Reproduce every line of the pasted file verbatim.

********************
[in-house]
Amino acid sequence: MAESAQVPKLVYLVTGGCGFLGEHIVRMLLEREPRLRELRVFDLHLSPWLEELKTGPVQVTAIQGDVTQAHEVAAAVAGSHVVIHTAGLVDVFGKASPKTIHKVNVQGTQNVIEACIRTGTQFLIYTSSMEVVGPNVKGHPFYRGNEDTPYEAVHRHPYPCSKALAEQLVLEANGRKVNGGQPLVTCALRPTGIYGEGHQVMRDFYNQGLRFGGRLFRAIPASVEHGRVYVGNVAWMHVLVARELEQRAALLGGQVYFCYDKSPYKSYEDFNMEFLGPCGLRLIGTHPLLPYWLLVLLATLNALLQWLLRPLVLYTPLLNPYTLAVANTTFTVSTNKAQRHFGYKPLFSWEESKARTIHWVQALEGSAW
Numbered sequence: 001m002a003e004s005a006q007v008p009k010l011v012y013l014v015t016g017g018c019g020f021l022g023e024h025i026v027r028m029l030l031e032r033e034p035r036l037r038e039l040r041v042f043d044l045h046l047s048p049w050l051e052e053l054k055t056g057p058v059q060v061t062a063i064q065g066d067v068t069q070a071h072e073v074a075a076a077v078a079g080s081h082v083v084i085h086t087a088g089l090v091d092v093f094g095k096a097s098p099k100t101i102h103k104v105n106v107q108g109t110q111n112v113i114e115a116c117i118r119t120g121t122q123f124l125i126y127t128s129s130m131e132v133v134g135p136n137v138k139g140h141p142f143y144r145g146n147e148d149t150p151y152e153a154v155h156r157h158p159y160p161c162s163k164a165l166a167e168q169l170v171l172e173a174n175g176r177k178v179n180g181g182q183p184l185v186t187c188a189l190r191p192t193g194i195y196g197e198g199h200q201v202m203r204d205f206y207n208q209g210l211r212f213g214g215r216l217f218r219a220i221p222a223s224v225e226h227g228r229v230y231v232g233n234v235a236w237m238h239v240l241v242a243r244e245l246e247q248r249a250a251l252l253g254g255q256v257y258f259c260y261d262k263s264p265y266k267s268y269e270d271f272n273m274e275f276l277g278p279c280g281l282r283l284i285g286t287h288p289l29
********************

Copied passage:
[in-house]
Amino acid sequence: MAESAQVPKLVYLVTGGCGFLGEHIVRMLLEREPRLRELRVFDLHLSPWLEELKTGPVQVTAIQGDVTQAHEVAAAVAGSHVVIHTAGLVDVFGKASPKTIHKVNVQGTQNVIEACIRTGTQFLIYTSSMEVVGPNVKGHPFYRGNEDTPYEAVHRHPYPCSKALAEQLVLEANGRKVNGGQPLVTCALRPTGIYGEGHQVMRDFYNQGLRFGGRLFRAIPASVEHGRVYVGNVAWMHVLVARELEQRAALLGGQVYFCYDKSPYKSYEDFNMEFLGPCGLRLIGTHPLLPYWLLVLLATLNALLQWLLRPLVLYTPLLNPYTLAVANTTFTVSTNKAQRHFGYKPLFSWEESKARTIHWVQALEGSAW
Numbered sequence: 001m002a003e004s005a006q007v008p009k010l011v012y013l014v015t016g017g018c019g020f021l022g023e024h025i026v027r028m029l030l031e032r033e034p035r036l037r038e039l040r041v042f043d044l045h046l047s048p049w050l051e052e053l054k055t056g057p058v059q060v061t062a063i064q065g066d067v068t069q070a071h072e073v074a075a076a077v078a079g080s081h082v083v084i085h086t087a088g089l090v091d092v093f094g095k096a097s098p099k100t101i102h103k104v105n106v107q108g109t110q111n112v113i114e115a116c117i118r119t120g121t122q123f124l125i126y127t128s129s130m131e132v133v134g135p136n137v138k139g140h141p142f143y144r145g146n147e148d149t150p151y152e153a154v155h156r157h158p159y160p161c162s163k164a165l166a167e168q169l170v171l172e173a174n175g176r177k178v179n180g181g182q183p184l185v186t187c188a189l190r191p192t193g194i195y196g197e198g199h200q201v202m203r204d205f206y207n208q209g210l211r212f213g214g215r216l217f218r219a220i221p222a223s224v225e226h227g228r229v230y231v232g233n234v235a236w237m238h239v240l241v242a243r244e245l246e247q248r249a250a251l252l253g254g255q256v257y258f259c260y261d262k263s264p265y266k267s268y269e270d271f272n273m274e275f276l277g278p279c280g281l282r283l284i285g286t287h288p289l29